Crafty Bastard Brewery

Occasionally over the last few years, I’ve gone to a co-working space near downtown to work mostly by myself. Although it’s sort of a co-working space and sort of a community technology center, I seldom run into people there, and it amuses me to co-work alone. When I go, it’s not for the social angle, though. It’s usually because the kids are home for the summer and have a bunch of other kids running in and out of the house, which makes it hard for me to focus. Every once in a while it’s because my internet fails. Sometimes it’s partially because I’m craving a sandwich from Holly’s Corner, which is a short walk from the facility.

In the last year or so, I’ve gone a lot less frequently, and a craft brew pub has opened up across the street in the mean time. The other day, I knocked off work a little early to stop by and see the place, hoping to get a growler filled. The Crafty Bastard is a neat place. I always feel self-conscious about taking photos, so I didn’t get shots of the big local photos framed for sale on the walls. I didn’t get photos of the I’d guess 4-story ceiling. I also didn’t snap any pictures of the barrels and kegs and buckets lining some of the walls in various states of the brewing process. I did quickly snap a shot of the unassuming line of taps and the beer list.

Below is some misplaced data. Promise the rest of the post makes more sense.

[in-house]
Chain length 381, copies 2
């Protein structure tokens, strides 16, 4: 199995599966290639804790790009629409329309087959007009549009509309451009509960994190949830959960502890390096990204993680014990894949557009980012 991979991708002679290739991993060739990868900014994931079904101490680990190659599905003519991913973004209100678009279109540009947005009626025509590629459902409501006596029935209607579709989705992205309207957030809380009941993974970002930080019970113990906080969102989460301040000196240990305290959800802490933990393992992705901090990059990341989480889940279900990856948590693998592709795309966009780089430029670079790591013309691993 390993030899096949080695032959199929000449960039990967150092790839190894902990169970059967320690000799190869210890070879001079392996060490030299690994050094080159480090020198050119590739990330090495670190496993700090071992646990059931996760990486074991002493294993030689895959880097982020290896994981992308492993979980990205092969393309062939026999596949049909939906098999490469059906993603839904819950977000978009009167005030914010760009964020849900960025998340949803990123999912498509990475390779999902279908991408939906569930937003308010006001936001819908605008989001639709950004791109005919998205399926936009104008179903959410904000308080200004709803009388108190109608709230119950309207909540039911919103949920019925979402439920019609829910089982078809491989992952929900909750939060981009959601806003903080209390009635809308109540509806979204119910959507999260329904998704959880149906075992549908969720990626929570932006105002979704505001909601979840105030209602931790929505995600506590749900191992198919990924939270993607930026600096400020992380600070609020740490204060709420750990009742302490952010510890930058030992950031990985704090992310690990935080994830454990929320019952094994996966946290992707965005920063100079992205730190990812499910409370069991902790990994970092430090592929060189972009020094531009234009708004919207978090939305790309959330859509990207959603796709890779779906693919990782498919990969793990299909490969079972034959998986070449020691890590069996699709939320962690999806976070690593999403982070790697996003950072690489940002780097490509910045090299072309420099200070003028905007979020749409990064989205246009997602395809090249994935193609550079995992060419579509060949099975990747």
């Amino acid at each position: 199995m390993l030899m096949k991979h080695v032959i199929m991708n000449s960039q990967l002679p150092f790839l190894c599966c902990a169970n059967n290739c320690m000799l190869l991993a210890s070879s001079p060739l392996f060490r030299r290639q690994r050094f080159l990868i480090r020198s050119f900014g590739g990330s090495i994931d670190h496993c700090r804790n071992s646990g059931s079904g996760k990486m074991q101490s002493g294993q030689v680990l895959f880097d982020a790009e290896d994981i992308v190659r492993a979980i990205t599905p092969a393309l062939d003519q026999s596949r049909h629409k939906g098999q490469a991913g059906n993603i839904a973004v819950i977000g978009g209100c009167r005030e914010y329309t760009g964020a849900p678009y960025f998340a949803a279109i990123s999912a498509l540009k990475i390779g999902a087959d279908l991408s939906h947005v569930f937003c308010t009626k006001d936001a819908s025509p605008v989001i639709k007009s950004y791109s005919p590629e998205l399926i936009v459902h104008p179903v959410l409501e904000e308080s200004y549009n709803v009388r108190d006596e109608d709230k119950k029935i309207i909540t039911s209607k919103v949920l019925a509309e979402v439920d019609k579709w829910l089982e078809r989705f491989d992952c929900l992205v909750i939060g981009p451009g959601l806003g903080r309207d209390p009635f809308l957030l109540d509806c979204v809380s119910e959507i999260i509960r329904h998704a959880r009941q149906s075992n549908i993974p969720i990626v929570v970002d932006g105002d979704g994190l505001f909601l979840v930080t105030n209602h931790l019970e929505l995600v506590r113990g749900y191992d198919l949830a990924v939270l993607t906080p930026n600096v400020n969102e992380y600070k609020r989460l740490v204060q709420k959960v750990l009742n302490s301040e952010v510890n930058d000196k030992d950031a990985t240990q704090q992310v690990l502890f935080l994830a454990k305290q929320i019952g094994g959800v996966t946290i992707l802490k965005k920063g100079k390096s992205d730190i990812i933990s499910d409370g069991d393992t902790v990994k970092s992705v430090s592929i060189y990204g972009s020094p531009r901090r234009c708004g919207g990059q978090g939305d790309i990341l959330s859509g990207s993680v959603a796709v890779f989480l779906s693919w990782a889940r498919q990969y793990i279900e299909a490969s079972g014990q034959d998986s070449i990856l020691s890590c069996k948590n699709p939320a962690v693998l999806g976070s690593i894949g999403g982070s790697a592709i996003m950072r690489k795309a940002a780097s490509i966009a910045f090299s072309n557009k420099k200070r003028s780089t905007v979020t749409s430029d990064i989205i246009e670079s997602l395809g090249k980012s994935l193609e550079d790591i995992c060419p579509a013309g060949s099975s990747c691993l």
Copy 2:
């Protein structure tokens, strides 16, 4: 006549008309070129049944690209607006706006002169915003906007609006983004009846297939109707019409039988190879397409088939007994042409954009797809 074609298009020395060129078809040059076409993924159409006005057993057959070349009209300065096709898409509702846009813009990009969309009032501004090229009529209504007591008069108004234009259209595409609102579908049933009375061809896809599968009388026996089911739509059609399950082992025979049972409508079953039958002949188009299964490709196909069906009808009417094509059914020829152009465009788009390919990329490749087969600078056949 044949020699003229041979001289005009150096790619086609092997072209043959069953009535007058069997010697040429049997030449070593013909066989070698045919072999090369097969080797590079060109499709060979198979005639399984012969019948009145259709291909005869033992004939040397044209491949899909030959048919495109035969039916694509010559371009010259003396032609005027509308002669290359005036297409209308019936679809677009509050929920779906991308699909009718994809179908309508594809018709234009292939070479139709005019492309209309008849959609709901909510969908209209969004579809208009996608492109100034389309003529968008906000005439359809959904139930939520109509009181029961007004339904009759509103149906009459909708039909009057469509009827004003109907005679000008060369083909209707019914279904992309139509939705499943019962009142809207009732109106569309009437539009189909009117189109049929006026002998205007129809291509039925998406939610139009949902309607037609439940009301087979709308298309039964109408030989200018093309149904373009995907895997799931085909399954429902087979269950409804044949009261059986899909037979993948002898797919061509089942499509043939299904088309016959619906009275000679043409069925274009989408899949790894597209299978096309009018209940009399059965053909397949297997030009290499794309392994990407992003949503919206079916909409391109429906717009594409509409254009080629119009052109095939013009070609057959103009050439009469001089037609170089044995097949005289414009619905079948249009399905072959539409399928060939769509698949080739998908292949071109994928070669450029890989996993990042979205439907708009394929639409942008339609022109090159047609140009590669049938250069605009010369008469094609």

They brew their own beer and bill themselves as a nanobrewery. I wasn’t able to get a growler filled because if they poured out growlers full, they’d run out of stock too fast. Items on the board with a pink dot are brewed in-house, and the others are contributed by local brewers (I read this somewhere but can’t now find the reference).

I tried the Tessellation IPA in spite of the mention of notes of mango (I don’t generally like mango). Only after ordering this one did I see the Samoa Cookie beer, which seemed weird and interesting. So I had one of those too. I liked them both but preferred the Samoa to the other. I quipped that they should garnish the beer with one of the namesake cookies, and the bar tender said that when they premiered the beer, they put a box of Samoas on each table.

This is definitely a hipster bar. As the photo suggests, there’s kind of a DIY vibe, and one of the bar tenders changed the vinyl record he was playing while I was there. There were tattoos and beards and pomaded hair, and I felt very much out of place as definitely the squarest person in the room. At 4:00 on a Wednesday afternoon, it wasn’t very crowded, though, and that’s always a selling point for me, though it was 4:00 on a Wednesday, and I’ll bet that it hops a little more during the more traditional heavy drinking hours.